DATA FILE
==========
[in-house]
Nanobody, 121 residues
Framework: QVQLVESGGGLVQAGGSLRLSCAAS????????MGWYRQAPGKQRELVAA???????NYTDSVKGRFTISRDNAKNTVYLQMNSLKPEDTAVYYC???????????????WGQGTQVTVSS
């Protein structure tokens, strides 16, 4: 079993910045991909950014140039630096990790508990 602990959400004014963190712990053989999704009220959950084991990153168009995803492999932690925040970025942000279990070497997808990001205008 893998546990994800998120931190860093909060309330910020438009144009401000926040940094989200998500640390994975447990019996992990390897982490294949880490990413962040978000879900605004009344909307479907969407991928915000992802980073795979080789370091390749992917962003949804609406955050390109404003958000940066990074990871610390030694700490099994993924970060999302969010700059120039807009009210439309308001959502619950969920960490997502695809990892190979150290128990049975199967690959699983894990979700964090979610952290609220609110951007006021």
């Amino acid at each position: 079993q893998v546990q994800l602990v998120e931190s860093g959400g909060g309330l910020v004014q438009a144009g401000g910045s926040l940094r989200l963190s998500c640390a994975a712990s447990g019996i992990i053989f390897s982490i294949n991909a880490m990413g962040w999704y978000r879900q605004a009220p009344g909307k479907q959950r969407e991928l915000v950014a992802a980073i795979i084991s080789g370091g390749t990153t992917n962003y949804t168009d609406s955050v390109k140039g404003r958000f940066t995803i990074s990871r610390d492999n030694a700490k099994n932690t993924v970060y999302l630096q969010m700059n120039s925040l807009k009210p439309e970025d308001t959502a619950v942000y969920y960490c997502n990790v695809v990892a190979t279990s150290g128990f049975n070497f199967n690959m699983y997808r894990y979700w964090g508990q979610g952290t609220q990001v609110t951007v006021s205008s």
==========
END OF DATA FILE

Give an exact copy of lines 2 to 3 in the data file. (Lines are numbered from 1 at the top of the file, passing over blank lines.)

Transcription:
Nanobody, 121 residues
Framework: QVQLVESGGGLVQAGGSLRLSCAAS????????MGWYRQAPGKQRELVAA???????NYTDSVKGRFTISRDNAKNTVYLQMNSLKPEDTAVYYC???????????????WGQGTQVTVSS